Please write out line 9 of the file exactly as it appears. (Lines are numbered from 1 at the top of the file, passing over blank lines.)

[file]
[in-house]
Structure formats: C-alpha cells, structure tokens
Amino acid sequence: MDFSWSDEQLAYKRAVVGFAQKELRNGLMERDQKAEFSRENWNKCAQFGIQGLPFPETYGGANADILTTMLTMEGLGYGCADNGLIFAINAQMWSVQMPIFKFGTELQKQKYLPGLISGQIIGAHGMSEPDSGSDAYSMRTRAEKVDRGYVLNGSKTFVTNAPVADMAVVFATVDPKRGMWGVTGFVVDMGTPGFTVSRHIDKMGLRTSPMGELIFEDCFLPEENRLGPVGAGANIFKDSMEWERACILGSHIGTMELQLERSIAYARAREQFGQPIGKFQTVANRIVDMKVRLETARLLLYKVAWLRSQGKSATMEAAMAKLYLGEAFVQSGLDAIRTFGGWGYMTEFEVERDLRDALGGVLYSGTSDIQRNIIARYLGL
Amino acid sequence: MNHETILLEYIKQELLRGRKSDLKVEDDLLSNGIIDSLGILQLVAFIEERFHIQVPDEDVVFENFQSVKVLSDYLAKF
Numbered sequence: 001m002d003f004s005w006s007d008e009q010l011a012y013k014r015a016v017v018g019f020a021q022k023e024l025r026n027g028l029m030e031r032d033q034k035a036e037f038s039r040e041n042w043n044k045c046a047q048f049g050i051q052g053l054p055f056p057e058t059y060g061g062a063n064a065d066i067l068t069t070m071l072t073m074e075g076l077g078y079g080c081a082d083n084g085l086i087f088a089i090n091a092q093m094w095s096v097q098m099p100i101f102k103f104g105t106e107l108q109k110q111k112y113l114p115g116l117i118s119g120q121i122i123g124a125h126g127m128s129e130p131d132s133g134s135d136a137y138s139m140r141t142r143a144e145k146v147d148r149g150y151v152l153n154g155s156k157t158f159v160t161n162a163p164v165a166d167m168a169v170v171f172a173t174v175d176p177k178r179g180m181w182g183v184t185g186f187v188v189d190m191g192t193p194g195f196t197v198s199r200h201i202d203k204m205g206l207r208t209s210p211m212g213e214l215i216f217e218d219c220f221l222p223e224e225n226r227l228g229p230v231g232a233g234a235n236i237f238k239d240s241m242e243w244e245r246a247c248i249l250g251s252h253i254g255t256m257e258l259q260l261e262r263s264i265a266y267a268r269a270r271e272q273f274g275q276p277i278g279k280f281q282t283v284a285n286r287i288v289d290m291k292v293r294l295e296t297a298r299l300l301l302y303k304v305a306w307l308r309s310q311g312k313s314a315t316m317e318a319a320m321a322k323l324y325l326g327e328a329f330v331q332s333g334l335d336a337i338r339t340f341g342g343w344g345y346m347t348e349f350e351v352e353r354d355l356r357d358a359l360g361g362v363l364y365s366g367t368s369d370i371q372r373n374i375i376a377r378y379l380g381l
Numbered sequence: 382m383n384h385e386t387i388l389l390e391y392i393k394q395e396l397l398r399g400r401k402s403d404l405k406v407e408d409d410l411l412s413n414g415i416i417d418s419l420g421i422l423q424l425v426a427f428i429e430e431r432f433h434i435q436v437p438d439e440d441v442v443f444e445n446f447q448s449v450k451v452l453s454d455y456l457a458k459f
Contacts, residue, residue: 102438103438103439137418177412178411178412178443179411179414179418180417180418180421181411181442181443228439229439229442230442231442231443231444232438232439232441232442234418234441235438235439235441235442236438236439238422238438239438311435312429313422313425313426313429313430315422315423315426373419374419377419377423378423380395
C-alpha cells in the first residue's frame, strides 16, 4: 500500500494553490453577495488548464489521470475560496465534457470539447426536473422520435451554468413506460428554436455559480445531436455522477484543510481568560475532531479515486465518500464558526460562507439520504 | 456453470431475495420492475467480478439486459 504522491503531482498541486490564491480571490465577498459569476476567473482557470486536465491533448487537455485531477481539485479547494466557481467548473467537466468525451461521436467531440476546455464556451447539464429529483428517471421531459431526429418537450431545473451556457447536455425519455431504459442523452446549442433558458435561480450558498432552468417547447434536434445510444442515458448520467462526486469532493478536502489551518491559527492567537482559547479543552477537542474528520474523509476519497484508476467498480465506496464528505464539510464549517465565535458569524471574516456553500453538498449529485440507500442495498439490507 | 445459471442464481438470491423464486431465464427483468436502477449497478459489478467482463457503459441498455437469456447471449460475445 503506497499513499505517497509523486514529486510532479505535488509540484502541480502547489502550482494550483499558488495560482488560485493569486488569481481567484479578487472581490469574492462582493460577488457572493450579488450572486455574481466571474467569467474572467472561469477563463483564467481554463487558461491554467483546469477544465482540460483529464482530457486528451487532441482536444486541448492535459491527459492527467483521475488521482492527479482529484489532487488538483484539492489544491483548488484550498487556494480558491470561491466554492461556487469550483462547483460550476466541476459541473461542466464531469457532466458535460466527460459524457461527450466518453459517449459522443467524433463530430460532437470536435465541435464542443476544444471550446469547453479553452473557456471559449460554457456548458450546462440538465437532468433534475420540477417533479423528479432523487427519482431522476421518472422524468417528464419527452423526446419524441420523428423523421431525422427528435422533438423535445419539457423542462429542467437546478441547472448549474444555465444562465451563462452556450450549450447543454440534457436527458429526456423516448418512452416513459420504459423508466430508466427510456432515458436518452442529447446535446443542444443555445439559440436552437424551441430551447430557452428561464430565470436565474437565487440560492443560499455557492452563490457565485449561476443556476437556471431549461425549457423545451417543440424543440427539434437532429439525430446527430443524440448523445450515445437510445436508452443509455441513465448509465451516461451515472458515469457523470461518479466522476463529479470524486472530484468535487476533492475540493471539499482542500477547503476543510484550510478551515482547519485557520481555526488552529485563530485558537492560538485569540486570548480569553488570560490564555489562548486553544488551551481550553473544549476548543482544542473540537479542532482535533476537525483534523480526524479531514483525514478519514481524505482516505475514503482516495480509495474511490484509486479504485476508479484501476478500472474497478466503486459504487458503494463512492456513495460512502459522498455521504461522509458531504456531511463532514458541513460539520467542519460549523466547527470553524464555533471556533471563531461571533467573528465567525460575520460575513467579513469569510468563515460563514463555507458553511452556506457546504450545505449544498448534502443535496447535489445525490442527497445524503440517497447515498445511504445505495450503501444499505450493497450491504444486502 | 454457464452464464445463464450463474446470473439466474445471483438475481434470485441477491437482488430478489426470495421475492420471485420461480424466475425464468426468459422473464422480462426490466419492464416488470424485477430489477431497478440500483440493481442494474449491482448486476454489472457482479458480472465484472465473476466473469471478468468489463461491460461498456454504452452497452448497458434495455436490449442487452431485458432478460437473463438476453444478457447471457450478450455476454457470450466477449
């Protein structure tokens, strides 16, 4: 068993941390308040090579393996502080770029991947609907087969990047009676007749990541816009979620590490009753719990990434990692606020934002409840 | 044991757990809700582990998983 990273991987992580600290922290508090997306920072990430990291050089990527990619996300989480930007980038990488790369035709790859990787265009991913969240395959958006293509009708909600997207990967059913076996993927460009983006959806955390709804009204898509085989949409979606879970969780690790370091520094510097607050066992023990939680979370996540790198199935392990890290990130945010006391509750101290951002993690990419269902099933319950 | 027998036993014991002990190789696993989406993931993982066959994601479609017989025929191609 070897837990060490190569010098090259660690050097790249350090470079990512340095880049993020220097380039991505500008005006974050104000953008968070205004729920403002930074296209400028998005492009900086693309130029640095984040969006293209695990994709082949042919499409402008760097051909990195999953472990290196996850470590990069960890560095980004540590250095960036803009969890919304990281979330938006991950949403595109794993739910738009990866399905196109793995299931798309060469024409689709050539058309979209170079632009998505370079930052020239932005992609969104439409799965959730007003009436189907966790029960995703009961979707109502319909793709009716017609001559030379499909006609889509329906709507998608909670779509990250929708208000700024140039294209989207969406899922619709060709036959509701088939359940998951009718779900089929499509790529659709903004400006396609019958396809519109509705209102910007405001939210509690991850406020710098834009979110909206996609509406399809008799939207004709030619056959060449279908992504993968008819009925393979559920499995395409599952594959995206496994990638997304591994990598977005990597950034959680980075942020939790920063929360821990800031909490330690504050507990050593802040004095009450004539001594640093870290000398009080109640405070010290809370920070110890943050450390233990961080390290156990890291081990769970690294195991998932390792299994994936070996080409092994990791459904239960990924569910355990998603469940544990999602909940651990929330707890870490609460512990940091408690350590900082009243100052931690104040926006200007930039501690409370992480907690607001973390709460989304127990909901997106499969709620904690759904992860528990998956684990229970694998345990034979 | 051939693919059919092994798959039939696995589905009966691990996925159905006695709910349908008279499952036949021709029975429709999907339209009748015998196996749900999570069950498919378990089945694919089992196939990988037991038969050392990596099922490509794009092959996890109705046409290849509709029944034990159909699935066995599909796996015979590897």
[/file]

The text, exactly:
């Protein structure tokens, strides 16, 4: 068993941390308040090579393996502080770029991947609907087969990047009676007749990541816009979620590490009753719990990434990692606020934002409840 | 044991757990809700582990998983 990273991987992580600290922290508090997306920072990430990291050089990527990619996300989480930007980038990488790369035709790859990787265009991913969240395959958006293509009708909600997207990967059913076996993927460009983006959806955390709804009204898509085989949409979606879970969780690790370091520094510097607050066992023990939680979370996540790198199935392990890290990130945010006391509750101290951002993690990419269902099933319950 | 027998036993014991002990190789696993989406993931993982066959994601479609017989025929191609 070897837990060490190569010098090259660690050097790249350090470079990512340095880049993020220097380039991505500008005006974050104000953008968070205004729920403002930074296209400028998005492009900086693309130029640095984040969006293209695990994709082949042919499409402008760097051909990195999953472990290196996850470590990069960890560095980004540590250095960036803009969890919304990281979330938006991950949403595109794993739910738009990866399905196109793995299931798309060469024409689709050539058309979209170079632009998505370079930052020239932005992609969104439409799965959730007003009436189907966790029960995703009961979707109502319909793709009716017609001559030379499909006609889509329906709507998608909670779509990250929708208000700024140039294209989207969406899922619709060709036959509701088939359940998951009718779900089929499509790529659709903004400006396609019958396809519109509705209102910007405001939210509690991850406020710098834009979110909206996609509406399809008799939207004709030619056959060449279908992504993968008819009925393979559920499995395409599952594959995206496994990638997304591994990598977005990597950034959680980075942020939790920063929360821990800031909490330690504050507990050593802040004095009450004539001594640093870290000398009080109640405070010290809370920070110890943050450390233990961080390290156990890291081990769970690294195991998932390792299994994936070996080409092994990791459904239960990924569910355990998603469940544990999602909940651990929330707890870490609460512990940091408690350590900082009243100052931690104040926006200007930039501690409370992480907690607001973390709460989304127990909901997106499969709620904690759904992860528990998956684990229970694998345990034979 | 051939693919059919092994798959039939696995589905009966691990996925159905006695709910349908008279499952036949021709029975429709999907339209009748015998196996749900999570069950498919378990089945694919089992196939990988037991038969050392990596099922490509794009092959996890109705046409290849509709029944034990159909699935066995599909796996015979590897």